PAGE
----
It was the scariest sentence ever uttered by the woman who brought me into this world. Five simple words that gave me a complex and caused me to scrutinize my facial features out of fear that history would repeat itself:
“I look like my mother.”
It all began on a Sunday morning in which my mother stood before the full-length mirror in the hall closet teasing her hair into the shape of a brown football helmet just prior to making the pronouncement that caused me to fear my genetic future. It wasn’t what she said, but how she said it. A look of horror crossed her face and her tone became so terrifying it convinced me that this was not only a fate worse than death, but that I should spend the next hour in Mass praying for a biological intervention. Are you there, God? It’s me, Julie. Please let my father’s DNA dominate my chromosomes. Thank you.
Don’t get me wrong. There are a lot of beautiful women on my mother’s side of the family, but apparently my grandmother wasn’t one of them. I have an aunt who boasts a petite frame and platinum blond hair, cousins who could pass as super models and extended relatives who had classic 1940’s pin up features before age and gravity got the best of them. However, my grandmother who died when I was seven was small, sickly and sported shocks of snow white hair. It’s the kind of thing that can freak a kid out, and not the kind of family tradition one wants to carry on.
In the brief time that I was around my maternal grandmother, I never saw her in real clothes. She always had on a housecoat and pajamas. Her hair was never styled. Her posture was hunched. Her fingers were stained with nicotine and once, while playing on the floor near where the grown-ups were sitting, I got a peek at her toes poking out from her slippers. Not only was the second toe significantly longer than the first, but also they were purple for crying out loud. Purple! Every four-year-old on the planet knows that’s just gross!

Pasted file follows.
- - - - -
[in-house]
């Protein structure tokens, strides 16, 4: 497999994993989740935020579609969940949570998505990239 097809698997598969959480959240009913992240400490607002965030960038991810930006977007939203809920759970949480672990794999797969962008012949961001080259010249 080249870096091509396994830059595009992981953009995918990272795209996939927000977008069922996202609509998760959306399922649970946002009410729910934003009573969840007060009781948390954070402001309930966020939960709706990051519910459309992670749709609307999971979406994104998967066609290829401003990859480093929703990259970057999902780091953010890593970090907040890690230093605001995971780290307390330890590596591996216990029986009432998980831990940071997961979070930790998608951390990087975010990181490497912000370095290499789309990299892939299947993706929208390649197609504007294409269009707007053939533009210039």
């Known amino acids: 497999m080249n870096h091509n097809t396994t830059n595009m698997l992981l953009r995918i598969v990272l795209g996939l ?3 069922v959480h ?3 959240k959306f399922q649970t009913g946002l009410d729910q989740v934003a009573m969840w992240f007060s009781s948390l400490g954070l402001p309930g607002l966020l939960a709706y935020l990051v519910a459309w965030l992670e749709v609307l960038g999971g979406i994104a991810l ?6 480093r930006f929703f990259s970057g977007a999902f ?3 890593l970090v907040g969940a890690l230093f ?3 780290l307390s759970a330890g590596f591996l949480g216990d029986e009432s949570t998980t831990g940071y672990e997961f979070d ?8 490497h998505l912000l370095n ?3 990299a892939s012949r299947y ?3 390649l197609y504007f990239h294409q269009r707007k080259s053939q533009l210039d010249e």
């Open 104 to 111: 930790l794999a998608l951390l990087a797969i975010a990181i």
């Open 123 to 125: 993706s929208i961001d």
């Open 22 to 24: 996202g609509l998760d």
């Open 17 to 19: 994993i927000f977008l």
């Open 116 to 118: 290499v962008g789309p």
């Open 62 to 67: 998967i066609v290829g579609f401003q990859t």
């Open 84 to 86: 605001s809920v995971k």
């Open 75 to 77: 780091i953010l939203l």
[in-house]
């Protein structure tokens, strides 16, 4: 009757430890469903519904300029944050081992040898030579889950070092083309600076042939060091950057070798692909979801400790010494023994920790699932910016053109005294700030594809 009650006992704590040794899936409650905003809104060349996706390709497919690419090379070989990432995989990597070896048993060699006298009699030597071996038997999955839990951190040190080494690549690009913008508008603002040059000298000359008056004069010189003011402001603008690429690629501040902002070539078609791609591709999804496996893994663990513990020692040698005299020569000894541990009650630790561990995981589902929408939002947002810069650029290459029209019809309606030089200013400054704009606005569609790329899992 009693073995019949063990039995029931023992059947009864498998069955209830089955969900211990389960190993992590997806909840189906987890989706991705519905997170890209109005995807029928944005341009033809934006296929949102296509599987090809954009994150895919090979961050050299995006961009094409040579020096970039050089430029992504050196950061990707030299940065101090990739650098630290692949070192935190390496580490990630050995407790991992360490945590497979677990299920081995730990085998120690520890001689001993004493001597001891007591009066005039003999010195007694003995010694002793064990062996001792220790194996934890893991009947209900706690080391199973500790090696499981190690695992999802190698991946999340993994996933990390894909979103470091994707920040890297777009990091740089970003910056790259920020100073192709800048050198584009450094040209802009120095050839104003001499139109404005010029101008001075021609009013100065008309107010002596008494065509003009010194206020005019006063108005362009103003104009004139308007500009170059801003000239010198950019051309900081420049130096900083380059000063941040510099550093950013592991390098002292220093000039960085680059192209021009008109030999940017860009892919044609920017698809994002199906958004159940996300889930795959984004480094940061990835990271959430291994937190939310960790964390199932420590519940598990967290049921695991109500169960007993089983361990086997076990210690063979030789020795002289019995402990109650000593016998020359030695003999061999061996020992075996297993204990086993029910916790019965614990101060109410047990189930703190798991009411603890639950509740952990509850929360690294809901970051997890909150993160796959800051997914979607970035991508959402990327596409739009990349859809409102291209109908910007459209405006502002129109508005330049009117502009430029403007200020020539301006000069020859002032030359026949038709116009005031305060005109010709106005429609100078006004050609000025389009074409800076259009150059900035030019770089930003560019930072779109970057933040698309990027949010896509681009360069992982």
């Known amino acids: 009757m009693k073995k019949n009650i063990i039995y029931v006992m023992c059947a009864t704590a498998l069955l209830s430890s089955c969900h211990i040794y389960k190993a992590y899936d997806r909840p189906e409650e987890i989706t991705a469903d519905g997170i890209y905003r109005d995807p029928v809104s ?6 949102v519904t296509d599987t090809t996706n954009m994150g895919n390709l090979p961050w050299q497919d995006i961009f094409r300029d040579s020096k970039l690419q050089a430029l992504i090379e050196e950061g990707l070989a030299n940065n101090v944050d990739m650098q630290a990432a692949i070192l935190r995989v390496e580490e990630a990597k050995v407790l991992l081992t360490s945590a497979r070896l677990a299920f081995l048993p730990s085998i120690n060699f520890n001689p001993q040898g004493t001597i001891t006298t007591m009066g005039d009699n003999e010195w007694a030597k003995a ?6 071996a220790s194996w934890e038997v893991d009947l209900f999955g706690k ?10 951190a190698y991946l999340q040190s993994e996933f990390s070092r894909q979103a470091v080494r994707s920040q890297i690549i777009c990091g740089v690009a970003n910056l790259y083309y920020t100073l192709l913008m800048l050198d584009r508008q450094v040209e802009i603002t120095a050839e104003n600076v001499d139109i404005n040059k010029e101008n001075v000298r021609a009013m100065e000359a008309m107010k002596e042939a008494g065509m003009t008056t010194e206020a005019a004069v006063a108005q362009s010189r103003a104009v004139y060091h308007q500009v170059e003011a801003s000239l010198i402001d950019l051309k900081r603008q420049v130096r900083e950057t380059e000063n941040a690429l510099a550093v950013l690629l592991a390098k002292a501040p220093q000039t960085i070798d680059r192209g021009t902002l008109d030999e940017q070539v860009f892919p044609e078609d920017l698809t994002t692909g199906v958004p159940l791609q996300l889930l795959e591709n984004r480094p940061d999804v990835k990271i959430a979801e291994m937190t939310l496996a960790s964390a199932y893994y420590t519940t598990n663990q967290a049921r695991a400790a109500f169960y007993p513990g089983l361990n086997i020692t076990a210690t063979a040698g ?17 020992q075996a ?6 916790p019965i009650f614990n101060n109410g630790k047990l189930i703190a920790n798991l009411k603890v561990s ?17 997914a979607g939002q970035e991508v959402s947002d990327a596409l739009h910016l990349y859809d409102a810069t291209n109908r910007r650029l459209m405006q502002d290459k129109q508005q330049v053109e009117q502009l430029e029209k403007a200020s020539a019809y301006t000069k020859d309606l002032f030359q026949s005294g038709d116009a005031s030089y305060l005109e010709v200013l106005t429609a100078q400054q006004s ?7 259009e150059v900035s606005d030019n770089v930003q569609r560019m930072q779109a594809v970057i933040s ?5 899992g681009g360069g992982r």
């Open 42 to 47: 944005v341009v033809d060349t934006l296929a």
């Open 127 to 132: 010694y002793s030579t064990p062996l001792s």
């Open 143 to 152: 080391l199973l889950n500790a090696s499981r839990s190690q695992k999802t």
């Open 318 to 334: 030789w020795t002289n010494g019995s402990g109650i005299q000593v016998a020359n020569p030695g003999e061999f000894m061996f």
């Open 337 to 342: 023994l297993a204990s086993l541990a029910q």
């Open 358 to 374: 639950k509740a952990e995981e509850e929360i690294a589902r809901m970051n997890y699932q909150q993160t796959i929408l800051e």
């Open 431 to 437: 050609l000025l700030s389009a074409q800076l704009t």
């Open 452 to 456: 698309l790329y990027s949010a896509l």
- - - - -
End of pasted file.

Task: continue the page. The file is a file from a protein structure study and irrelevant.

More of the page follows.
Though my mother still had her brown hair and only faint wrinkles at the time of her statement, I understood why she was so panicked. If she was already seeing the similarities then I knew we were both doomed! She was the daughter of the crypt keeper headed for a life of bad circulation and chronic illness while I was an innocent victim drowning in the gene pool. From that day forward, if anyone commented on my resemblance to my mother, I was quick to point out that I looked more like my dad. I seriously hoped that if I said it enough, it would turn out to be true.
In actuality, I am a pretty good mix of both of my parents, something I later learned that I have in common with my mother (who knew?) After my mom died in 2008, I discovered a bunch of old pictures of my grandmother I had never seen before. Prior to the orange fingers and purple toe era, my grandmother was quite average looking and possessed features consistent with a blue-collar woman living in a rural farming community. She may not have been a beauty queen, but her looks were nothing to be ashamed of either.
I never told my mother how her comment affected me as a child, not even after she apologized to Boy Wonder when he inherited her hairline and bone structure after his birth. Maybe I should have. After all, people are sensitive about the way they look. Words can hurt, off-the-cuff comments can make a big impact and little pitchers have big ears.
Chances are they inherited them from you.